Expired, Illegible, Unauthorized 215s and 27 Bundles O’ Bud – October 22, 2012

Monday, October 22, 2012

Michael Blake Hoskin

HCSO Press Release

SR 299 – On Friday, Oct. 19, a Humboldt County Sheriff’s Deputy patrolling in a marked patrol car near Titlow Hill Road, Berry Summit, was driving eastbound on State Route 299 when he smelled the strong odor of green marijuana. The deputy noticed the smell right after a Blue Chevy Pickup truck with several tarps over the bed passed him.

The deputy turned his patrol car around and followed the vehicle. The deputy initiated a traffic stop on the truck after determining the smell appeared to be coming from the truck. The deputy contacted the driver and two other occupants and told them why he stopped them.

Jason Michael Shockley

The deputy searched the bed of the truck and located 27 large bundles of green budding marijuana plants that had just been harvested.

The deputy interviewed the driver and occupants and they all told them him they were transporting medical marijuana for a medical marijuana collective in Orange County, California. They provided the deputy with several marijuana recommendations.

The deputy determined several of the recommendations were expired or some were not legible. Based upon the deputy’s investigation, the deputy determined the marijuana being transported was not covered by the Compassionate Use Act.

Brittany Anne Hawkins

The deputy arrested the three occupants of the vehicle for felony transportation of marijuana. Arrested was Michael Blake Hoskin, 23, from Blue Lake, California, Jason Michael Shockley, 24, from Westminster, California, and Brittany Anne Hawkins, 26, from Atlanta, Georgia.

They were all transported and booked into the Humboldt County Correctional Facility. Hoskin and Shockley’s bail was set at $75,000.  Hawkins was booked and released on her own recognizance.

The investigating deputy called some of the medical marijuana cardholders that the suspects provided to the deputy.  Some of the cardholders told the deputy the collective was shut down, others said they never authorized their card to be used in the cultivation of marijuana by the suspects.

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4 Responses to “Expired, Illegible, Unauthorized 215s and 27 Bundles O’ Bud – October 22, 2012”

  1. well, I suppose if the police called to ask about a recommendation, the first thing that should be expected would be denial. I do question whether or not the reporter ever questioned the officer about his ability to sniff out other crimes. Or, did the reporter just print the press release as god-given proof and leave it at that?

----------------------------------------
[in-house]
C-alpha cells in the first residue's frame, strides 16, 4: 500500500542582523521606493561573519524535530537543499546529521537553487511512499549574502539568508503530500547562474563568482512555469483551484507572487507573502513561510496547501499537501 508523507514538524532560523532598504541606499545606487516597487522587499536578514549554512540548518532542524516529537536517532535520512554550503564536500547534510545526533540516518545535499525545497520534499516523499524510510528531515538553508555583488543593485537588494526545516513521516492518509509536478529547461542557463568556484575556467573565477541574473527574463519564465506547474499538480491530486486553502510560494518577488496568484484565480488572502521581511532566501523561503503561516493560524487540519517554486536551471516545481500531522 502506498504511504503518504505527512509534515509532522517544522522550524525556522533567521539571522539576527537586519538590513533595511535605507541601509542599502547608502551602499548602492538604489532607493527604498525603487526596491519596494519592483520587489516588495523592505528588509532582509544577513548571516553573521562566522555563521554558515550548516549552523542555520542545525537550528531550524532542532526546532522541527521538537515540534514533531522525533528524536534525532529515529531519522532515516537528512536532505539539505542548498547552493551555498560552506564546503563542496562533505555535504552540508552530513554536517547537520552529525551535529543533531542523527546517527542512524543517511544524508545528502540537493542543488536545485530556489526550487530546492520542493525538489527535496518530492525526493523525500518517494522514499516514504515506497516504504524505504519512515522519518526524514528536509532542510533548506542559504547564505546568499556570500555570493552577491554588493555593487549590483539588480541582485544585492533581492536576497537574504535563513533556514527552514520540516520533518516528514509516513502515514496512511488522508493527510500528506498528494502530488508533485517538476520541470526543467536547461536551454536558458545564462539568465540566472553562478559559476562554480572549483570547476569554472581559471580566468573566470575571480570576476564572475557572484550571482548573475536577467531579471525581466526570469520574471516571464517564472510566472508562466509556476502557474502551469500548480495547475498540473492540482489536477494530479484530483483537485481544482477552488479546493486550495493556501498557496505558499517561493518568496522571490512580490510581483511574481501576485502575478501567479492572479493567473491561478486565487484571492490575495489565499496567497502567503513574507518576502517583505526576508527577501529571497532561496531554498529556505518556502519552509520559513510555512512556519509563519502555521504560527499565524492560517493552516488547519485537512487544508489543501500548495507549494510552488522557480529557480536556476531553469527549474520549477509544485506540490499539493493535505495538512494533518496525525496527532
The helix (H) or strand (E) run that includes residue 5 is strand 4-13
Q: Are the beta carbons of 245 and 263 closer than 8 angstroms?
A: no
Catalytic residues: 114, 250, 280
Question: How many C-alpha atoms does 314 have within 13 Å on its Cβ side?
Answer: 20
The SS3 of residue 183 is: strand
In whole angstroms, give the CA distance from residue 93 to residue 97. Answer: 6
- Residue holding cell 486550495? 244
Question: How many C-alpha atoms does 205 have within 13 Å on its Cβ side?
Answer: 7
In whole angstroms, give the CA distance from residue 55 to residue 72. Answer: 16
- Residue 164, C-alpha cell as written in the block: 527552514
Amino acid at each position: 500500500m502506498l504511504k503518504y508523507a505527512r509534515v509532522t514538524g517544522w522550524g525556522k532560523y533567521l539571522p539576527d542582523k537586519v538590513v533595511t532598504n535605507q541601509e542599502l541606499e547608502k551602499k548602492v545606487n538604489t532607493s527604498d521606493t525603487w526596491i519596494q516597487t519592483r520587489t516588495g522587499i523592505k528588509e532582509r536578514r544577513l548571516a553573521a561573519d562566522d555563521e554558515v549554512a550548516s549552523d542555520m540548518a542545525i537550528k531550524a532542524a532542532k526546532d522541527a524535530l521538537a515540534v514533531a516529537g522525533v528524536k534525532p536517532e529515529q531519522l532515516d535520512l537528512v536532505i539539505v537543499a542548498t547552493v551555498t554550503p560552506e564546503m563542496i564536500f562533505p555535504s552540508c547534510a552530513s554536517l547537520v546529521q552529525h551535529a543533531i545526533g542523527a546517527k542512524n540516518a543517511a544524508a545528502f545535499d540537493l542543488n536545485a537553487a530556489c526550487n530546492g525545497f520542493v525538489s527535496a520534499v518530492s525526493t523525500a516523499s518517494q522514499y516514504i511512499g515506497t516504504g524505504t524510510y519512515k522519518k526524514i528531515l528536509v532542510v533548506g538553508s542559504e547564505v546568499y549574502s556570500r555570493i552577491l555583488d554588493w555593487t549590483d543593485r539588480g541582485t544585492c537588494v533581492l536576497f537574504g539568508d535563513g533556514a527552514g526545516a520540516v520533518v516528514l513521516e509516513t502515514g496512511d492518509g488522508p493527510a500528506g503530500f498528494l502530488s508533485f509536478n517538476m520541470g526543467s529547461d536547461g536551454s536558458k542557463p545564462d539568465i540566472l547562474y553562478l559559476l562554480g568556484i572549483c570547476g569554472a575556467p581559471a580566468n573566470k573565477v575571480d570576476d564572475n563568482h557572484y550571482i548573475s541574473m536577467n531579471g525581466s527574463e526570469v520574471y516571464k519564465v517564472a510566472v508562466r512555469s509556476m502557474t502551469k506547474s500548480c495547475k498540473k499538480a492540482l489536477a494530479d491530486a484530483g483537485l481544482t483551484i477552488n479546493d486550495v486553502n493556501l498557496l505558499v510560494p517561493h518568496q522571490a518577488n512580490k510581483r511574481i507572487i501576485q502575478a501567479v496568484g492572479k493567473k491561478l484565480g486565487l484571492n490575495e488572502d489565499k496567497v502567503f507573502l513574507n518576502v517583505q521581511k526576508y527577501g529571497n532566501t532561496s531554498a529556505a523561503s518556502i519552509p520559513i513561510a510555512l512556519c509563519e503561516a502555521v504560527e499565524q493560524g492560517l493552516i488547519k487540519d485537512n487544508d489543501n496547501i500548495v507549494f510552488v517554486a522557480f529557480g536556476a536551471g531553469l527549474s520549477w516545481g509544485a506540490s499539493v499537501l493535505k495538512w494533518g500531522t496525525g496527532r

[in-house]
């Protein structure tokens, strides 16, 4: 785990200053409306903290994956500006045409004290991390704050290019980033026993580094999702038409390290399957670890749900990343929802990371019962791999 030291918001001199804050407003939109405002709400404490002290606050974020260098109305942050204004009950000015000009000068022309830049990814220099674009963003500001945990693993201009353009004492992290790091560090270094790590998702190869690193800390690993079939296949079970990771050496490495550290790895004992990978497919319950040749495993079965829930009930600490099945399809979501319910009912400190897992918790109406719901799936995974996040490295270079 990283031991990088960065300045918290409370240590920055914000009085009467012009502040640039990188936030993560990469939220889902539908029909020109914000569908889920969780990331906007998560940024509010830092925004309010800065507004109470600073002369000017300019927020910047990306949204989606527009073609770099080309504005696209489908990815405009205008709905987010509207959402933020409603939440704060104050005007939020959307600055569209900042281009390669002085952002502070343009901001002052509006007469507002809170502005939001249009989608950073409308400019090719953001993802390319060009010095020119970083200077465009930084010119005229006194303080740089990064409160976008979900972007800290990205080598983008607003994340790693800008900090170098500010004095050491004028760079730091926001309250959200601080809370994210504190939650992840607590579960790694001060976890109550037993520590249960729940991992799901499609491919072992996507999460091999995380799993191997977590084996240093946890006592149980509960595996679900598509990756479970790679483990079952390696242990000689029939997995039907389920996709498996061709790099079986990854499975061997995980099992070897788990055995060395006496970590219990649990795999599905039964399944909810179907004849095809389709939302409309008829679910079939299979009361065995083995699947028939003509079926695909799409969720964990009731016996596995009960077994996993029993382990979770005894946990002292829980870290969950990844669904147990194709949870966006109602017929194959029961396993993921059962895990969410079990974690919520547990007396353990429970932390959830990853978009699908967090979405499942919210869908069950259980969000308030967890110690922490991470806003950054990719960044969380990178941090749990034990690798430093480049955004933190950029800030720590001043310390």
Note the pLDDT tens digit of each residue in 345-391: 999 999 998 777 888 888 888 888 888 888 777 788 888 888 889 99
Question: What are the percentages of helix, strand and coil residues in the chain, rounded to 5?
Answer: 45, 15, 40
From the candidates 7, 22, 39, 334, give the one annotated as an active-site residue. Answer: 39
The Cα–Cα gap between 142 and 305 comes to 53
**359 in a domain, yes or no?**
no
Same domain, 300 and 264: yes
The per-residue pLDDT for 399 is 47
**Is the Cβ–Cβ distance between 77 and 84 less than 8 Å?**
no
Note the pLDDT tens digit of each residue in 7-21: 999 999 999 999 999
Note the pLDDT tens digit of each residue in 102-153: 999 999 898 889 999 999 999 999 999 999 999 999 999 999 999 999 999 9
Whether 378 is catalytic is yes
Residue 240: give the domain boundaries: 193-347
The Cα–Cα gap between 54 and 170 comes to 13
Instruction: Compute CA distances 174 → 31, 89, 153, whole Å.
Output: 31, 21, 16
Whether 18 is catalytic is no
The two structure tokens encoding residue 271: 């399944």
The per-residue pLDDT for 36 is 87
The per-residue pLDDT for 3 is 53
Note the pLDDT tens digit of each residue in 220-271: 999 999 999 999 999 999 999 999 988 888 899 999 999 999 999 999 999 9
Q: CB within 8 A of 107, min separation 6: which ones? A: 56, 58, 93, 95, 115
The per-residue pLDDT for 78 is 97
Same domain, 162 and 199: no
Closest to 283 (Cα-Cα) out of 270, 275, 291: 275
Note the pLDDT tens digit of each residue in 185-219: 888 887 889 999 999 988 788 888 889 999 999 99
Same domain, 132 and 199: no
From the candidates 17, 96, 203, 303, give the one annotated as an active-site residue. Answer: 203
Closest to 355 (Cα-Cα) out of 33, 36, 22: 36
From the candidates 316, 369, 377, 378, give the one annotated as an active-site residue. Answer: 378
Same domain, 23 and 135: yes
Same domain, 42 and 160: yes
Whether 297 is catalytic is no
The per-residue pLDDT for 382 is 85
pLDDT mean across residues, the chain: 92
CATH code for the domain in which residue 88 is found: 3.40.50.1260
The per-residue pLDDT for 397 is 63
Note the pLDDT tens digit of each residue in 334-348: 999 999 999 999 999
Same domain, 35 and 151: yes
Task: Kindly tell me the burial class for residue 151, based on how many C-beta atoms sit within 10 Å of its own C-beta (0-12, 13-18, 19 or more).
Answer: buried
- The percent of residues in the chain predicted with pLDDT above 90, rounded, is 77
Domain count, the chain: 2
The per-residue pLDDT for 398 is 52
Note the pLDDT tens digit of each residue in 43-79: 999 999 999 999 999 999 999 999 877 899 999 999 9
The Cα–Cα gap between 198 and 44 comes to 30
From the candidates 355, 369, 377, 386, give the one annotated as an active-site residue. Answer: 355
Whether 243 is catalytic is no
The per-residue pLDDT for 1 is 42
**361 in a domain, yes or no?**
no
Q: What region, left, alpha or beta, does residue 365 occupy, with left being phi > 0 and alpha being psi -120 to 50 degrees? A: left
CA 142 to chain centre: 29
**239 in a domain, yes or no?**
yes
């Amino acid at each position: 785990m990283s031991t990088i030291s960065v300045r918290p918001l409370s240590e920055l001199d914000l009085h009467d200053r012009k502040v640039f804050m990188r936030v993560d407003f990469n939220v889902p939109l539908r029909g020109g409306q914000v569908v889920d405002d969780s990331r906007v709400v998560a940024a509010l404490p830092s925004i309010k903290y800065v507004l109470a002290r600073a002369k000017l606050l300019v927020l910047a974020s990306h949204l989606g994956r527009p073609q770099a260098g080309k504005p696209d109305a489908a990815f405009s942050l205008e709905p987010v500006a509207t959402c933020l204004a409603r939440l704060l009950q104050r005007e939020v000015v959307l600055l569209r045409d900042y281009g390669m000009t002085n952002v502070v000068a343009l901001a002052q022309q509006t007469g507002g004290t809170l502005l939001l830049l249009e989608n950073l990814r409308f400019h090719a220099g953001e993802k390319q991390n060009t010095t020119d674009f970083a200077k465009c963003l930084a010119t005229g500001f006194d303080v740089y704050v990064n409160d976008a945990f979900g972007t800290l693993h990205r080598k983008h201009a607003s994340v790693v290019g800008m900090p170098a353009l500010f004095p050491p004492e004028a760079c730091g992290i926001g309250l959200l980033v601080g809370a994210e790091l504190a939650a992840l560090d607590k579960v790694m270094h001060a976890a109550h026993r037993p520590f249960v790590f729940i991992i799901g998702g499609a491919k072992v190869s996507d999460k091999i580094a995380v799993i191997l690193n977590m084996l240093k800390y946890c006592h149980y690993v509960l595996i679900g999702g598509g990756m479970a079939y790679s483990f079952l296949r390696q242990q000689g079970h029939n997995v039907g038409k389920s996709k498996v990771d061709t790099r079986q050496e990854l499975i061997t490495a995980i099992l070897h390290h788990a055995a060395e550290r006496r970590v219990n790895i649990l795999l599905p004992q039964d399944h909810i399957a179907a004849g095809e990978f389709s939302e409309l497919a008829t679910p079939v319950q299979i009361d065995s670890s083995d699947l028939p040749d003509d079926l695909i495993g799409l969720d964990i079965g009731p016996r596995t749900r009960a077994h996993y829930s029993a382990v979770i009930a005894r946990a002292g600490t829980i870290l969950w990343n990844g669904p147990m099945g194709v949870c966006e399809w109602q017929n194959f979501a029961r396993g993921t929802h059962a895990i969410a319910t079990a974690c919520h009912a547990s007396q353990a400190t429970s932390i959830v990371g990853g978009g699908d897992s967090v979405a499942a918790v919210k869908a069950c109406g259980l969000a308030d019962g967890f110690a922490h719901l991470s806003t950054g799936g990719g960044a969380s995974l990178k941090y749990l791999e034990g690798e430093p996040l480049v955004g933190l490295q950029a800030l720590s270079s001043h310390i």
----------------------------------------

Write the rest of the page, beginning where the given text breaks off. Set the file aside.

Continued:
I mean, if there are questions about the veracity of drug sniffing dogs I wonder what a decent defense attorney would do with a mere human.

    I wonder if there isn't a fair amount of profiling occurring. With profiling comes a host of problems not the least of which includes violating the Fourth Amendment's reasonable suspicion clause. That is to say, if I determined from my experience or studies that trucks driving 101 in the Titlow Hill area are largely transporting illegal marijuana then there is good case to be made that any truck that I pull over will have some marijuana aboard. Since there is no reasonable suspicion beyond the general rule that is arbitrarily created for the express purpose of searching vehicles without meeting generally accepted levels of proof, then that evidence should really be excluded because even a broken clock is right twice a day and that is no justification for violating the public's right to free travel without the fear of government intervention and interference. Simply because a target is found to be transporting does not justify the larger question of the search. Far too often, we will hear of the arrests and the bookings, but what we don't hear about are the failures in what could very well be the systematic search of arbitrary vehicles.

    #64435
  2. well, I suppose if the police called to ask about a recommendation, the first thing that should be expected would be denial. I do question whether or not the reporter ever questioned the officer about his ability to sniff out other crimes. Or, did the reporter just print the press release as god-given proof and leave it at that?

    I mean, if there are questions about the veracity of drug sniffing dogs I wonder what a decent defense attorney would do with a mere human.